Cytokines in Human Breast Milk: Immunological Significance for Newborns
Maria A.E. Watanabe, Gabriela G. de Oliveira, Julie Massayo M. Oda, Mario A. Ono, Roberta L. Guembarovski.
Mother's milk represents a fundamental step in the proper development of newborn immunity. Development in research on human lactation has contributed to knowledge about the significance of breast milk for the infant and the effects of different immunological components. Breast milk contains immune modulating agents, especially cytokines and growth factors, which can act at the level of gastrointestinal mucosa. In this review, we present the involvement of cytokines as mediators of newborn immunity in human breast milk. We searched the electronic literature PubMed and Embase for all relevant articles, using “human breast milk”, “immunity” and “cytokines” words. The search was limited to English- language papers. Of the studies with the same or overlapping data published by the same investigators, we selected the most recent with the largest number of subjects. Several growth factors and cytokines are present in breast milk with capacity to persist in the infant gut and exert their activities. The mechanism by which the ingestion of human milk modifies immunologic defense against such pathogens remains elusive. There are many additional factors present in breast milk which have as yet unexplained functions and benefits to the infant. It is known that cytokines and their receptors are critical in the mucosal immunity in newborns. Hence, the promotion of breastfeeding is very important for at least the first six months of life of the neonate, during which the child does not have a developed immune system.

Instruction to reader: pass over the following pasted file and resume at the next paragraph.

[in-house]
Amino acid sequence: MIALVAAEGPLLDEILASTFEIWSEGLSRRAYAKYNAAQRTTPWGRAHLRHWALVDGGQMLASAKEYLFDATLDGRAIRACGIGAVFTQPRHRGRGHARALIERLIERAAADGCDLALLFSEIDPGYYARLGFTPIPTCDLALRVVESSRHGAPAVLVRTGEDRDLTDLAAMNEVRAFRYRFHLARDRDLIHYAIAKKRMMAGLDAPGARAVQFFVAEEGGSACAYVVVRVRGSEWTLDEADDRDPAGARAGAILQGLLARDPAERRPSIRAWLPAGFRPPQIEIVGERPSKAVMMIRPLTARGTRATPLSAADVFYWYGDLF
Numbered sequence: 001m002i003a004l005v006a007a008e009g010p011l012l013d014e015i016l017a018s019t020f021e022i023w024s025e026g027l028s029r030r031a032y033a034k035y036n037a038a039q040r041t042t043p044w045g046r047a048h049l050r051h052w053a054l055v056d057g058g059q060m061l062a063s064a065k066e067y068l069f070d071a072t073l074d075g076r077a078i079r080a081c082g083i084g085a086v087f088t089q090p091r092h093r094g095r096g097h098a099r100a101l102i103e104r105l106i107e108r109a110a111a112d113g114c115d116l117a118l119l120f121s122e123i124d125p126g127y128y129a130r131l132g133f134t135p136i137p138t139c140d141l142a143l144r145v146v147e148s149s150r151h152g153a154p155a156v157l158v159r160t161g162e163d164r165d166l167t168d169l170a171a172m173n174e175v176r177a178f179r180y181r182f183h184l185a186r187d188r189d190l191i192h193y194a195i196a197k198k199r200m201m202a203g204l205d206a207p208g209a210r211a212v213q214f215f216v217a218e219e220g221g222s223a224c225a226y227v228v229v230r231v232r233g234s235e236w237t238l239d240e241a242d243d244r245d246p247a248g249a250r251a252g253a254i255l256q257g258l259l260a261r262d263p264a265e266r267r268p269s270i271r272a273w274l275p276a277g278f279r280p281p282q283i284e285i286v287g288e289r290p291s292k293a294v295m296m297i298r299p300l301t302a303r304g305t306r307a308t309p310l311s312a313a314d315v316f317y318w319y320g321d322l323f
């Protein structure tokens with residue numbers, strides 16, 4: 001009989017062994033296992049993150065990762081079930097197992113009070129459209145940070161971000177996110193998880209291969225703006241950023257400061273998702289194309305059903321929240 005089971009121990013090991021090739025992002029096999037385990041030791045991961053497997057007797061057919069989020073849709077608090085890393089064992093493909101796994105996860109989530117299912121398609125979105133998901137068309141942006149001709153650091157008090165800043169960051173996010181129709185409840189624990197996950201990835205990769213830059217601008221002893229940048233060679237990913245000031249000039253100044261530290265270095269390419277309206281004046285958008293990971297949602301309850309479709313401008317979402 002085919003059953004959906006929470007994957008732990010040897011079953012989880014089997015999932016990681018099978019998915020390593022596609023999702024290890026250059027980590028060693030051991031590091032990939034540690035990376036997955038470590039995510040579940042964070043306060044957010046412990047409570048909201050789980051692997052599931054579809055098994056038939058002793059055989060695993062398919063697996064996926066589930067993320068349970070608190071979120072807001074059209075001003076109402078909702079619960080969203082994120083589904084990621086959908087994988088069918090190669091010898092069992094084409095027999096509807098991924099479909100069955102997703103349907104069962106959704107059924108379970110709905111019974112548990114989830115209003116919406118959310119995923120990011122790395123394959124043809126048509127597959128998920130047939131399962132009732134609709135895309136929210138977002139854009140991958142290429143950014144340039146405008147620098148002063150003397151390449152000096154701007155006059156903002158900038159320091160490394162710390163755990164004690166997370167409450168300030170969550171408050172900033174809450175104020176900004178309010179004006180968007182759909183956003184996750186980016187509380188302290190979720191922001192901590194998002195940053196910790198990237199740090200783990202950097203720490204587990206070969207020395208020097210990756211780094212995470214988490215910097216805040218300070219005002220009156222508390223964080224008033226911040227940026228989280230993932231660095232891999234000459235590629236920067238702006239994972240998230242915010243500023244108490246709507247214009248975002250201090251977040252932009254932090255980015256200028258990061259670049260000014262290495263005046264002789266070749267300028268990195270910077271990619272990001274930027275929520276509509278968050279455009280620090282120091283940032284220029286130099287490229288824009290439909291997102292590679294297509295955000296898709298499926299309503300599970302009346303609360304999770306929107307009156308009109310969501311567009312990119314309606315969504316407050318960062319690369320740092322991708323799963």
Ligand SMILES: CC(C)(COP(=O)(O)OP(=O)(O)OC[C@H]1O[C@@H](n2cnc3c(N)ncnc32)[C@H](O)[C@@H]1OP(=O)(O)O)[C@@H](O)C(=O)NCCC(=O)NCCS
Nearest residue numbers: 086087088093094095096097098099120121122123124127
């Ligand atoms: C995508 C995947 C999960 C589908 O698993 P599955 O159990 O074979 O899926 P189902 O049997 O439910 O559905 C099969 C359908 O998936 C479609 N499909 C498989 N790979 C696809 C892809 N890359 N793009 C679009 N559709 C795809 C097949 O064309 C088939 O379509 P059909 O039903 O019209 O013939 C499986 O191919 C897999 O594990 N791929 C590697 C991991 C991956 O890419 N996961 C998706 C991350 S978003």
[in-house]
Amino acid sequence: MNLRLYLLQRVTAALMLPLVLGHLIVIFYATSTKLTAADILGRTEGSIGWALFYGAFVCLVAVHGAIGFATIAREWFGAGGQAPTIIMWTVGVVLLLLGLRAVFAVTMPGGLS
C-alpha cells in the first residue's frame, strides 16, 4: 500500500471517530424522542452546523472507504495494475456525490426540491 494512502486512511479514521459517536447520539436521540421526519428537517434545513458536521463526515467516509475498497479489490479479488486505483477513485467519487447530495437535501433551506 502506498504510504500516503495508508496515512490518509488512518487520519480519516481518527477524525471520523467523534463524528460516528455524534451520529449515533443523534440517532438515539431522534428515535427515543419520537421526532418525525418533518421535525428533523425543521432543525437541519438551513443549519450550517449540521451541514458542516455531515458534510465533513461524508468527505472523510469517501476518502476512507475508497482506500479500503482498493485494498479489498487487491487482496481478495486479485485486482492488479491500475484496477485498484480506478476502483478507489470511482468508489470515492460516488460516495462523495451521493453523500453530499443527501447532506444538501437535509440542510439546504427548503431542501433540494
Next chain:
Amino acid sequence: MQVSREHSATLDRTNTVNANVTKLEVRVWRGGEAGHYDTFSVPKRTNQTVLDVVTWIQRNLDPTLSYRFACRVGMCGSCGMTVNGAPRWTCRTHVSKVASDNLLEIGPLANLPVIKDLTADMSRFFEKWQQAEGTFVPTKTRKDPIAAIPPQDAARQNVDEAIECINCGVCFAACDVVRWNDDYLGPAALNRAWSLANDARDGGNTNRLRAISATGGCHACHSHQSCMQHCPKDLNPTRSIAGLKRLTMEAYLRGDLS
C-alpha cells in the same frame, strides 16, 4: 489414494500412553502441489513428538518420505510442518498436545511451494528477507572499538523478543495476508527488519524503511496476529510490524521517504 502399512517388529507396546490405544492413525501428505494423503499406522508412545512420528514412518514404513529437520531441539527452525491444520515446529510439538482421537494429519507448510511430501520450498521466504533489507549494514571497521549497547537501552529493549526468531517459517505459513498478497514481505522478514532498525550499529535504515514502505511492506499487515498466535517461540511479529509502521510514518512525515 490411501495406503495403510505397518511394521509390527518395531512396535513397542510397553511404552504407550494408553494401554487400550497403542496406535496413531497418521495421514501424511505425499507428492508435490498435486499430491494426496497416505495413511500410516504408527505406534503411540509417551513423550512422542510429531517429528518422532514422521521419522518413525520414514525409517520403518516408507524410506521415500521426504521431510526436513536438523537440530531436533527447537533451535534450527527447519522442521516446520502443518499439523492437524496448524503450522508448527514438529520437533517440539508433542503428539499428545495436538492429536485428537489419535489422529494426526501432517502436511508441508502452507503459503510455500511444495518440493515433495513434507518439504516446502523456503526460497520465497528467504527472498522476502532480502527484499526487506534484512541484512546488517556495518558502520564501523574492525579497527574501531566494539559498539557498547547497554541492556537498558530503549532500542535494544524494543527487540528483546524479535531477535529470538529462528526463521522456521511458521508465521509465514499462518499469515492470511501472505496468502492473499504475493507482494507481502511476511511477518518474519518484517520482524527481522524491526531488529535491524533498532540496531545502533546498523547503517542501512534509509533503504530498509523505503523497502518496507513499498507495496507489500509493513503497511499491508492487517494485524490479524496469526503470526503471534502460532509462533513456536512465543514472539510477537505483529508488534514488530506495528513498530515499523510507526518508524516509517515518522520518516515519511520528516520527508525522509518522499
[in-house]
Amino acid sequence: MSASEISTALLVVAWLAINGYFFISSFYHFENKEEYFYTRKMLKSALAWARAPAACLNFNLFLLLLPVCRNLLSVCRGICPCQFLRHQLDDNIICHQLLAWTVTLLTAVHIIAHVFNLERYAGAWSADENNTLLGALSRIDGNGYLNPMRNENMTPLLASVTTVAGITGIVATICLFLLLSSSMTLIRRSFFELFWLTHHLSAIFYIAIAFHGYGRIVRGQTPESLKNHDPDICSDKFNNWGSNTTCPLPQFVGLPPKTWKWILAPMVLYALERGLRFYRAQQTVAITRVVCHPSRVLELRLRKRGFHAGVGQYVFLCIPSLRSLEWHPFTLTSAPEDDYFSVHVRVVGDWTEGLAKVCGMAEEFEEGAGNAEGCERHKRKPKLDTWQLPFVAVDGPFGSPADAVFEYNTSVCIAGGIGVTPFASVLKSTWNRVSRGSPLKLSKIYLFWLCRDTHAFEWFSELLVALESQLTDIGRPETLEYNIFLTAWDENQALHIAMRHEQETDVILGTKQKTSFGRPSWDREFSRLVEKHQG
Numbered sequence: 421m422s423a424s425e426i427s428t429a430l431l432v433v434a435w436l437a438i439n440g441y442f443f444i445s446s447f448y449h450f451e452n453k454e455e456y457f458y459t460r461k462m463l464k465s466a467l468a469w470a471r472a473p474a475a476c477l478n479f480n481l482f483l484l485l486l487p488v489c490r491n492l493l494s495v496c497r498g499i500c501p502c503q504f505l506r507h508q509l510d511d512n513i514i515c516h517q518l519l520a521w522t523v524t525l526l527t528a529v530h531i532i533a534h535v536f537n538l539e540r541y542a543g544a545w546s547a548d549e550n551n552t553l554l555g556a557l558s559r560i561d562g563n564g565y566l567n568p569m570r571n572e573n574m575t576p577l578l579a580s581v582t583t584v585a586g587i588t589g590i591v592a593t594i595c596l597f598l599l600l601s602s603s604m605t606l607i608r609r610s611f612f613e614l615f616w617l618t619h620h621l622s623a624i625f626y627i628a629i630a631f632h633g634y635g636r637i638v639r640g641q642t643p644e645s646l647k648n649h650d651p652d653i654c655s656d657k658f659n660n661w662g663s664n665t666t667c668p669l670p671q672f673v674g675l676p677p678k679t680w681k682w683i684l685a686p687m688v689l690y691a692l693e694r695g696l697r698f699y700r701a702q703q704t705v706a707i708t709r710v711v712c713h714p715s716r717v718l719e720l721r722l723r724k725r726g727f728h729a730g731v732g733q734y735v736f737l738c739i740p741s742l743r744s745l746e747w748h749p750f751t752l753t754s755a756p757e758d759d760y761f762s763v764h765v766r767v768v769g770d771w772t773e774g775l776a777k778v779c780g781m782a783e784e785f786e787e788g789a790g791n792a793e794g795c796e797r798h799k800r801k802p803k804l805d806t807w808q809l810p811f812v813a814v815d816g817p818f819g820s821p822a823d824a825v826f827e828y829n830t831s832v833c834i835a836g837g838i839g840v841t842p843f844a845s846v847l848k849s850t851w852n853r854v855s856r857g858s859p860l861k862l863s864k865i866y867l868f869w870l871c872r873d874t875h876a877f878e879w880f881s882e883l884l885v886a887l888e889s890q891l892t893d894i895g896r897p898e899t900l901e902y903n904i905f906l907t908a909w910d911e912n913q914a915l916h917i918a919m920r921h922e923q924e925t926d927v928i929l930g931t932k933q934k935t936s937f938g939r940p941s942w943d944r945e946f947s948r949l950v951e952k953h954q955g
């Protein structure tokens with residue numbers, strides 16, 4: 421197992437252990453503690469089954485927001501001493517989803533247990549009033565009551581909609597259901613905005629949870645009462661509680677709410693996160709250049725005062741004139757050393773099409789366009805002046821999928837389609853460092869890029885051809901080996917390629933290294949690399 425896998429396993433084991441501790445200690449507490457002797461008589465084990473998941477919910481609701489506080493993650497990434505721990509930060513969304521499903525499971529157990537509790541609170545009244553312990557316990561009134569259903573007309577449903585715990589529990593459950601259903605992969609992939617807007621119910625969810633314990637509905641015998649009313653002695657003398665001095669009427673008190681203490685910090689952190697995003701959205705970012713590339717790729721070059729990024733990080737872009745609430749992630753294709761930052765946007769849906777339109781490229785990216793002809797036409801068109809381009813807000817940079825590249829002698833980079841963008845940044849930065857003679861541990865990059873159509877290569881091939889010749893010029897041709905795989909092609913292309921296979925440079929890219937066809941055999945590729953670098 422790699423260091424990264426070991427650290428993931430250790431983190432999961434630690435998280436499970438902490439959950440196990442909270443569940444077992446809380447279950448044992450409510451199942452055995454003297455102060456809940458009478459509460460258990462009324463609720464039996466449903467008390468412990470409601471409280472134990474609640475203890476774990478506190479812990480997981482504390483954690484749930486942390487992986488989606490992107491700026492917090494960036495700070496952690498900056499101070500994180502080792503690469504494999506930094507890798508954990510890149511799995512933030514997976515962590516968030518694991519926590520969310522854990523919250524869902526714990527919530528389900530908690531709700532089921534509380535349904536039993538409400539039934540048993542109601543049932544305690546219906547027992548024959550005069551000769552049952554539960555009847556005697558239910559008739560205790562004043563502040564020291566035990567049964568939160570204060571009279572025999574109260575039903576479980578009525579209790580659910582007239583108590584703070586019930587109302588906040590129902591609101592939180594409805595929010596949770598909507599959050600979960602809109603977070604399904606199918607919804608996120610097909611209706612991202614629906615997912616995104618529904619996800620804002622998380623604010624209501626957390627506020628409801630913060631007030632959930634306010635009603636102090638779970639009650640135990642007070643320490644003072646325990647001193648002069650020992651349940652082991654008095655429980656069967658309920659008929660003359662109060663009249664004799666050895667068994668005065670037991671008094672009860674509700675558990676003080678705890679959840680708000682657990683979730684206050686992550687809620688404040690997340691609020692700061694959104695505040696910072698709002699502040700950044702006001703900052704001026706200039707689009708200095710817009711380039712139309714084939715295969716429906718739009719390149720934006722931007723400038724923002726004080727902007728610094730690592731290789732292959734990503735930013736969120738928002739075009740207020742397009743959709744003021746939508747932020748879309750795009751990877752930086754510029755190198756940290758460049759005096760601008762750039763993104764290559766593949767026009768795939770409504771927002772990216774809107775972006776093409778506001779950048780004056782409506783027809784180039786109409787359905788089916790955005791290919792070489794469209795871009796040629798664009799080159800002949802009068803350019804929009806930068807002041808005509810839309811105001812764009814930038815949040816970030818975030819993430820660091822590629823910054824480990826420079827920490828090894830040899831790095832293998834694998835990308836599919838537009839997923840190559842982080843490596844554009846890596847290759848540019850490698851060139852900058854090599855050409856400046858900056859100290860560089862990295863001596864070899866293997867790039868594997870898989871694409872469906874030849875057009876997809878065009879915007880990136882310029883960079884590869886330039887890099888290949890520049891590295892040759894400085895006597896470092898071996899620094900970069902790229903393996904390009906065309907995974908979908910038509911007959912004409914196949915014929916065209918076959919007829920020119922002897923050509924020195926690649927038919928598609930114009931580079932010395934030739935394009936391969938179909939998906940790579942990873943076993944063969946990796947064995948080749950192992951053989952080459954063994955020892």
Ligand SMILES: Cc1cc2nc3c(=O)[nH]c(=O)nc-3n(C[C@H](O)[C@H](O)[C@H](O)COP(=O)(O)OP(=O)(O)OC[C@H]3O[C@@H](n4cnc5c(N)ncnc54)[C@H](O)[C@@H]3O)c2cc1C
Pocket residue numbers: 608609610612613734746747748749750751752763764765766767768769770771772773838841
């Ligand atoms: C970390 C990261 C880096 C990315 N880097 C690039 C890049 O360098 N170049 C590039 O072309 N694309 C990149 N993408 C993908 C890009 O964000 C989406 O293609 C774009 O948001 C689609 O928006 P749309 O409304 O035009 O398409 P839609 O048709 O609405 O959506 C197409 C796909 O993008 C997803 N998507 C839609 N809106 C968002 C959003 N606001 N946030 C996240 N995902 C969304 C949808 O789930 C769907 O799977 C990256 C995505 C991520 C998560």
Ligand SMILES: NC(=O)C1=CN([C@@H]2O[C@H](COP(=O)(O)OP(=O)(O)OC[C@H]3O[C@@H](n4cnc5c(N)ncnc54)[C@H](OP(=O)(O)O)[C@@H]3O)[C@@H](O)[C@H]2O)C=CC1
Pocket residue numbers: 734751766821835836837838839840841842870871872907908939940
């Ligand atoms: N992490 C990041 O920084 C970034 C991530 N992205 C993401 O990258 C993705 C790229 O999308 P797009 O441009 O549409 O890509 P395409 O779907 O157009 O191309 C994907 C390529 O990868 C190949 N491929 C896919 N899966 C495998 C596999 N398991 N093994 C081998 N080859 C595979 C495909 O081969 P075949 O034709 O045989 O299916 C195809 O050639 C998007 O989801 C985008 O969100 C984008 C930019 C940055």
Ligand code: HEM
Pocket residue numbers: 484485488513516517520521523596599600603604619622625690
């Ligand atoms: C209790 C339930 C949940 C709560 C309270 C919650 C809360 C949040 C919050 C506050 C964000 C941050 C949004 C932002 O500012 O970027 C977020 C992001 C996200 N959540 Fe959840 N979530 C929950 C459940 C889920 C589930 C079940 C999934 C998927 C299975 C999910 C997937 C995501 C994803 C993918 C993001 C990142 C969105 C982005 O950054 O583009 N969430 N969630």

Keywords: cytokines, human breast milk, mucosal immunity, newborn, breastfeeding, humoral immunity, colostrum, cellular immunity, inflammatory response, immunoglobulin
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